Leaving No Trace in Bears Ears

Posted by Erica Tucker on Feb 4th 2019

By Erica Tucker, Education Director, Friends of Cedar Mesa

Water? Check. Map? Check. Did I remember matches this time? AND my stove fuel?

I’m setting off for my first backpacking trip in Bears Ears and I’m eager to see the canyon walls climb over my head, ancient structures hidden in alcoves, and petroglyphs appearing around the corner. Most of my backpacking has been in the mountains of California and Colorado, and in the often unpleasant weather of New England. This 50 degree November day with blue sky and no rain in the forecast feels like a gift.

Desert hiking presents new challenges and opportunities, especially in culturally rich areas like the Bears Ears. Whereas I’m used to packing (and using!) rain gear, instead I needed to research where I could find drinking water. For clumsy people like me, tweezers are essential for cactus spine removal. And finding a place to pee means looking for something taller than a clump of grass without cryptobiotic soil surrounding it.

Leave No Trace principles vary region by region, and I had to brush up on gentle backpacking practices for the desert environment. Having never hiked in an area with so many artifacts from past cultures around me, I also needed to learn how to “visit with respect”. “Take only pictures” holds true everywhere – add to your photo album but the beautifully painted sherds of pottery need to stay where you find them. And if you like to post on social media, it’s important to remove all references to location and turn off your camera’s GPS. “Leave only footprints” morphs a little as we shouldn’t leave our heavy boot tracks through the century-old, lumpy cryptobiotic soil crust. Note that fingerprints also shouldn’t be left behind, so no touching petroglyphs and pictographs!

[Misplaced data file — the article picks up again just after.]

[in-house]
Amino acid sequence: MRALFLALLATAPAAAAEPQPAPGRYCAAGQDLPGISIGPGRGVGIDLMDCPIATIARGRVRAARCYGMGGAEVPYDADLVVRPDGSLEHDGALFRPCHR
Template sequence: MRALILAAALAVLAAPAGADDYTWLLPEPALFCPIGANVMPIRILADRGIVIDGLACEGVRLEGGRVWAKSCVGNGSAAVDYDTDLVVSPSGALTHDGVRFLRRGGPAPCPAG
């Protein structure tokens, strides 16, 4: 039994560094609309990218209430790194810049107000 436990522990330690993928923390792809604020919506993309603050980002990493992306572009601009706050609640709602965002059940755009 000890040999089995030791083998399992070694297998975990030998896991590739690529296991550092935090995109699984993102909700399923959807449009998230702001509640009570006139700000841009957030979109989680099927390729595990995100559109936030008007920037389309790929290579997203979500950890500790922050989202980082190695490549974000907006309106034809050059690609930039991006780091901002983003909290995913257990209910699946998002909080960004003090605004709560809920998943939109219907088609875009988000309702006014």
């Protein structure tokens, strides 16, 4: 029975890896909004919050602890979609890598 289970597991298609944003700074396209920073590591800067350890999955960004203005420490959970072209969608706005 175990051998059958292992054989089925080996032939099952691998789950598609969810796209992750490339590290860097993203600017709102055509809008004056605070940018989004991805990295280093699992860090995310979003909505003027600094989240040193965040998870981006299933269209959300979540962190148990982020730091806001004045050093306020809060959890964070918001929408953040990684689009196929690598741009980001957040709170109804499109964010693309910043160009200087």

My hiking companion is a lovable rescue dog named Roxie, and I’ve had to learn some new tricks for backpacking with her. She didn’t need booties for our [November] hike since the sand wasn’t hot, but she still had to be on leash and not harassing wildlife (or having close encounters with rattlesnakes and cacti!). She loves to swim but the backcountry rangers informed me that people and pets need to stay out of the scarce desert potholes of water – it is all that desert wildlife and hikers have to drink! Most important is keeping her leashed away from archaeological sites. A little digging or gallivanting could destroy what’s lasted for centuries.

Roxie and I made it to our destination in the late afternoon. While the sheltered alcoves looked inviting, I knew we needed to camp out of (and eat, drink, and poop!) away from archaeological sites. I prepared my TrailFork Apricot-Almond Couscous dinner and ate it while watching the sunset light change colors on the canyon walls. Many areas don’t allow campfires, but that was ok with me since I was snuggled up and asleep by the time the first stars appeared. The Bears Ears area provided me with a beautiful introduction to desert backpacking. And if we all “visit with respect”, this experience will remain for future generations.